Welcome to my new personal blog — as opposed to the professional website I write for, Beyond Chron. I am launching this blog tonight because I’m leaving tomorrow night for a very exciting, two-week vacation to the Florida Keys, the Gulf Coast, New Orleans, Cajun Country, the Mississippi Delta and finally Memphis. This trip is long overdue …
Despite never having owned a car (and being a staunch environmentalist), I’ve always had an insatiable lust for the open road — having the freedom and flexibility of an automobile, while traveling at a leisurely pace down two-lane cross-country roads in places I’ve never been. And of course, avoiding the Interstate.
When I graduated from college in 2000, I did a 28-state road trip that lasted seven weeks. It was actually supposed to be even more ambitious, but money … and circumstances … got into the way. I got a phone call from Randy Shaw, Executive Director of the Tenderloin Housing Clinic.
I had met Randy a few months earlier after reading The Activist’s Handbook, and he mentioned a possible job for me after college. He called to offer me a position in the Code Enforcement Outreach Program — helping to organize low-income tenants in the Tenderloin and on 6th Street. After thinking it over, I called back two days later, and accepted. I drove to Miami, returned the car and hopped on a plane back home.
It has always been my intention to eventually complete that Great American Road Trip — even if it means several repeated trips over the years. While in law school, I drove along the Pacific Coast to Los Angeles — and the following summer did a fabulous, three-week road trip from San Francisco to Seattle. But my heart still yearns for a trip back to Key West, Florida — and this time, I’ll be spending more than just one night there. Then, I’ll continue where I had left off in July 2000.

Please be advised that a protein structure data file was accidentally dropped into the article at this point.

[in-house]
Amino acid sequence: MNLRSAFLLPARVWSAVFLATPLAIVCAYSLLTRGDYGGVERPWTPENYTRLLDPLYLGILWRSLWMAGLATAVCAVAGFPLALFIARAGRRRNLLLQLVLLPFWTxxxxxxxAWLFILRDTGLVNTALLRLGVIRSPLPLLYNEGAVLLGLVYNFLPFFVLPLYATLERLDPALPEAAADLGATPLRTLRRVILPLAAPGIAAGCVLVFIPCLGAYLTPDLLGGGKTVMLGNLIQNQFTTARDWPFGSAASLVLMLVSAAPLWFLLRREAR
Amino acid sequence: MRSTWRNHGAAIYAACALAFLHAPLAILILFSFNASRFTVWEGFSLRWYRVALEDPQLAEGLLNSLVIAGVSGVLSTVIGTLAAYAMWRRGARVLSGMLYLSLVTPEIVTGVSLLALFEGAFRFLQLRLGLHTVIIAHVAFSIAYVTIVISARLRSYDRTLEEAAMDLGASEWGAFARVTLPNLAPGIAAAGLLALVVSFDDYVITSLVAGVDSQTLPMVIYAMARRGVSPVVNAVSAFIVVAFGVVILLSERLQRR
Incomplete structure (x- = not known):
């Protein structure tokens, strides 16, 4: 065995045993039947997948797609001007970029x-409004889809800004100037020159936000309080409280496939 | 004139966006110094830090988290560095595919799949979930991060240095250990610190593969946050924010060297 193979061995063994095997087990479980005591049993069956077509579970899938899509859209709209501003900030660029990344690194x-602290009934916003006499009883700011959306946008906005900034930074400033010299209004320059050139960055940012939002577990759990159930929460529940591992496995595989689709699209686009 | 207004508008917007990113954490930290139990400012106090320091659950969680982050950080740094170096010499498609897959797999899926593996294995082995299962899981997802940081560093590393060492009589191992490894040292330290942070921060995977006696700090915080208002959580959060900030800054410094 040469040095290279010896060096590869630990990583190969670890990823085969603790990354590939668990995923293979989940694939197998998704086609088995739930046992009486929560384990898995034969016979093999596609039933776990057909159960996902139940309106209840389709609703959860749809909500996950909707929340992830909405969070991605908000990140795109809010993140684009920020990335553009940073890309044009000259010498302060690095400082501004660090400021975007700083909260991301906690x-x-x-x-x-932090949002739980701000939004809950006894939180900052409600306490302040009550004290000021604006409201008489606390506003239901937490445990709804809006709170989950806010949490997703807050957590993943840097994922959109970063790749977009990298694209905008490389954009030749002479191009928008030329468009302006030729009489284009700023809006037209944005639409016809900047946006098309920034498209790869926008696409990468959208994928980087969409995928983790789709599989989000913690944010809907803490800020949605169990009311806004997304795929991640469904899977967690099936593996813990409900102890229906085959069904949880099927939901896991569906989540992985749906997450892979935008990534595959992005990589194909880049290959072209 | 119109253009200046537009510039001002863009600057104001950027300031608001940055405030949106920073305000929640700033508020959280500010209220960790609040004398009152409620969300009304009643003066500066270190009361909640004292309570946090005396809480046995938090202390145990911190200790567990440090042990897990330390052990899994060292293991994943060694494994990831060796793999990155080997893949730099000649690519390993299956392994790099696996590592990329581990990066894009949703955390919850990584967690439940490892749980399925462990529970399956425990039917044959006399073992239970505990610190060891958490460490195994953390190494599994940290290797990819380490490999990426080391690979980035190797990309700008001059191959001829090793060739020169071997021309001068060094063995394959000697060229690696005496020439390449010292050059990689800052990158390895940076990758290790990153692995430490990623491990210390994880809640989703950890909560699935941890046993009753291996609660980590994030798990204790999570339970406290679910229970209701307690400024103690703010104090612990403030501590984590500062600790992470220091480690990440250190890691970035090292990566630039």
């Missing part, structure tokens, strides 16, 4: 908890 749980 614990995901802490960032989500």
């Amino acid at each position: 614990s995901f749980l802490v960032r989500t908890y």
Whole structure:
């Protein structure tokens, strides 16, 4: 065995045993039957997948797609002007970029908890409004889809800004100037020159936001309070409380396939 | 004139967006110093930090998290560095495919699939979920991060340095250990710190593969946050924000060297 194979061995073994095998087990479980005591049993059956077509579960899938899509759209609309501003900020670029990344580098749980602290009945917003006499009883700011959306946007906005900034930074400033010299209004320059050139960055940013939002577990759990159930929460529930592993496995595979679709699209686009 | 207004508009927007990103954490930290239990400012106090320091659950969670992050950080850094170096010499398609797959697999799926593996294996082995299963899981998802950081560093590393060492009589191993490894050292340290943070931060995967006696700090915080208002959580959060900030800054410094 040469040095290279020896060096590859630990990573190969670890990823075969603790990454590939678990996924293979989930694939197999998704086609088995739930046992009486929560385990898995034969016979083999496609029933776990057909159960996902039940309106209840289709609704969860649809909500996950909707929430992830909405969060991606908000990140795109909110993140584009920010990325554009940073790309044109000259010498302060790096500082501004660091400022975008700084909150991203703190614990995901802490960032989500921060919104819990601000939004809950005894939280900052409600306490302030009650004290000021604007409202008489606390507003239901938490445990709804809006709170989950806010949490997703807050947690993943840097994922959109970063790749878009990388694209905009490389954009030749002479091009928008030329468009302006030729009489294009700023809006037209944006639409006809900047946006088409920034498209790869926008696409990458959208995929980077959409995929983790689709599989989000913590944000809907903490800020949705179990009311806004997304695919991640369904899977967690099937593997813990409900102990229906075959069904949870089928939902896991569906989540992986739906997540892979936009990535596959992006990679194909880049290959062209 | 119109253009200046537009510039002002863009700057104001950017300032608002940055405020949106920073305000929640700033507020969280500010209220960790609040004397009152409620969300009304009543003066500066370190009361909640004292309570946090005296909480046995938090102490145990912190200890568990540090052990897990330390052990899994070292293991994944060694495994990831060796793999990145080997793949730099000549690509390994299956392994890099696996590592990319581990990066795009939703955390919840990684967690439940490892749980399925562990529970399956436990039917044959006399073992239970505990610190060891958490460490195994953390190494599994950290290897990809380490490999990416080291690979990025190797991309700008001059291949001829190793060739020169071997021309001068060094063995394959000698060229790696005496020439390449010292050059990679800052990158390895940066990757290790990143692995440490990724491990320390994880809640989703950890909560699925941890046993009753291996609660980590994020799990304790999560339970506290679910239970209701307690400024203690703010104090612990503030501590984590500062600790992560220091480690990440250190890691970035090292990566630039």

My decision in 2000 to work at T.H.C. had a profound impact on my life. I was already active in affordable housing politics (I had decided to run for the Berkeley Rent Board that November), but this job allowed me to immerse myself working with San Francisco’s most vulnerable tenant population — something that has shaped my outlook on life. It also taught me to eventually go to law school at Golden Gate University. The culture and character of San Francisco also convinced me to give up a career in Berkeley politics to make my move across the Bay, which I did in December 2004 after my four-year term on the Rent Board expired.
Now in February 2009, I’m at a crossroads in my life where it’s important to take a deep breath and continue on the magical journey that I had ended in Key West. Everyone with the means and opportunity should take a time when they’re about to make a big decision to explore and indulge.
While this is a personal blog, the rumors that have been floating are true — after I return in two weeks, I intend to run for the San Francisco Board of Supervisors for District 6 (in 2010.)